How working at a shooting range shaped my view on guns

‘Every summer, I happily and willingly hand out .22 caliber rifles to girls as young as nine’

The 2016 Presidential election has been one full of lines in the sand. You’re either a Trump supporter, or you think he’s awful. You either think Hillary is a criminal, or you think she’s an acceptable presidential candidate, at the very least when compared to Trump. You either think a third-party candidate could save our election, or they could ruin it.

The presidential election also brings big divides on topics like immigration, LGBTQA+ rights, and universal health care. With our two party system, elections essentially force you to decisively stand to one side or the other. There is no middle ground when you pull that lever in the voting booth.

One of the most divisive topics in many elections, only made more relevant by the too many mass shootings that have happened in just the past two months is gun control. Guns are generally regarded as either good (“They gave us the right to bear them in the Constitution!” “We need to protect ourselves!” etc) or bad because, you know, they kill people quite easily. But honestly, they aren’t either. Now, this isn’t one of those “Guns don’t kill people, people kill people” essays that are a dime a dozen.

I’m going to to be honest here. Overall, I’m pro-gun control. But every summer, I happily and willingly hand out .22 caliber rifles to girls as young as nine, and .22 Beretta semi-automatic pistols to girls as young as fourteen (on a rifle range at a camp. I’m not just handing them out willy-nilly to anyone I meet on the street.)

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Working on the range over the years has taught me a lot about guns, the primary thing being that yes, while a lot of our policies are too lenient (*cough* I was able to buy an AR-15 in five minutes *cough*) we need to be aware that no matter how stringent we could make our gun laws, human stupidity and overconfidence will always outsmart them.

There’s a story the riflery counselors were told during our pistolry training about a DEA agent. This man had been an agent for about ten years, armed with a semi-automatic pistol for all of them. He went to give a talk at an elementary school, and of course students asked about his gun. He took it out and unloaded it to show them. Except he unloaded it in the wrong order (mistake number one) and pointed it at the ground (mistake number two. Why? Because there are THINGS on the ground. Things that will experience a lot of pain if shot.)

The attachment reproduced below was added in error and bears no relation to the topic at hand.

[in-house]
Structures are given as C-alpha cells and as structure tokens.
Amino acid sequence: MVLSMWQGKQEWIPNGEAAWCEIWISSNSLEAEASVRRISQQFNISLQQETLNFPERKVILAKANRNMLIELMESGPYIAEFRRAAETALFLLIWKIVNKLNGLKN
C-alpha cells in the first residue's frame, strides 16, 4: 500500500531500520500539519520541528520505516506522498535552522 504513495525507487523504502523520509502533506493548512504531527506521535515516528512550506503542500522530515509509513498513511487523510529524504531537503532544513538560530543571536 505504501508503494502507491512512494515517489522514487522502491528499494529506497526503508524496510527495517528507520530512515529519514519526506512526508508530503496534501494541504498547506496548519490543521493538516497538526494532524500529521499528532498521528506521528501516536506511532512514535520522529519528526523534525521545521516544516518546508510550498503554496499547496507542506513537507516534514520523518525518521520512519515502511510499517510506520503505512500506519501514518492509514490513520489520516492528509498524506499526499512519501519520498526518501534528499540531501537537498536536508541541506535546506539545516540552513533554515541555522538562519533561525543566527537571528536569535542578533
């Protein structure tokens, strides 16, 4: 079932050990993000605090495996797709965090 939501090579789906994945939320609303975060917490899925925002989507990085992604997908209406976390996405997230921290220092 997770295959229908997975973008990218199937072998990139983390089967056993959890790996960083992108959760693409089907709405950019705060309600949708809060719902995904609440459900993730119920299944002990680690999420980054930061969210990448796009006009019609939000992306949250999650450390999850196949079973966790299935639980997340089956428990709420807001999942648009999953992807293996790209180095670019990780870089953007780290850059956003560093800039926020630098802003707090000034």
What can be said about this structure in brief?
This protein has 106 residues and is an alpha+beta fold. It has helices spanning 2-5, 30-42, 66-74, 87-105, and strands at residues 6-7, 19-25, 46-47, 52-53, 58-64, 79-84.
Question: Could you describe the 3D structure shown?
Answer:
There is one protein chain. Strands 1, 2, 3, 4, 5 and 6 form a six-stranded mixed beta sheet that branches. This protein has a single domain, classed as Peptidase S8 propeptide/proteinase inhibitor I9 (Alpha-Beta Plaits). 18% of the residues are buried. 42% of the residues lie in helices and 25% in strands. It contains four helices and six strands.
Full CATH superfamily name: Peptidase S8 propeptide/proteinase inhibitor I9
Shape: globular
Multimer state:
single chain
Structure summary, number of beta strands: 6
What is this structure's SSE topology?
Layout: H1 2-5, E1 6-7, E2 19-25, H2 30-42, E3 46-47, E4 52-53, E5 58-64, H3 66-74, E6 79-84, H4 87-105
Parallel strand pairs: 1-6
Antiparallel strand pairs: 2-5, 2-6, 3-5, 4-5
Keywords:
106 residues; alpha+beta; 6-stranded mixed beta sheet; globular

He made a third mistake, and didn’t index his finger (moving your index finger off and away from the trigger. And what did he do? He accidentally shot himself in the foot.

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You see my finger? That’s indexing

This agent is, unfortunately, a prime example of someone who should know better. The three mistakes he made are rules we teach our girls to never, ever do before they even touch a rifle for the first time. But the DEA agent was, presumably, so used to having a gun, he didn’t even think through what he was doing.

Other issues with our portrayal and thoughts on guns are our assumptions of safety, and/or lack thereof. All guns are equipped with a feature called a “safety”, a button or lever that, when on, prevents the trigger from being pulled. However, when this button is on, the gun is not necessarily fine and dandy. Safeties fail, and the first sign of a gun breaking down is it shoots on its own.

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A need for personal safety is highly cited as a reason to have a personal firearm. But here’s the thing. Besides our riflery shed, where we keep the guns and rifles our campers shoot, all of our “Big Staff” members (camp speak for our staff members who¬†live at camp year round) have their own pistols, so collectively, the camp has lots of firepower. The staff knows that because we are so far in the Hill Country, they are the first line of defense in case something happens. Even then, they don’t carry their guns. Why? Because virtually no one’s safety is constantly at risk, so they keep their pistols stored away but accessible in the event of a rattle snake, or someone trying to get into the camp.

As far as lack of safety in handling the firearms, in the 15 years the camp range has been open, we have yet to have an accident of any sort, which is remarkable given that with the exception of the counselors and staff, no one is older than 18.

Basically, what it all boils down to is yes, there are some serious issues with how we handle guns. People are either too afraid around them, or not afraid enough. Because of this double edged sword, there is no good solution to a major issue. Even a compromise could have issues, as people either refuse to back down, or take advantage of whatever the final decision is. We can’t treat this like another line in the sand issue.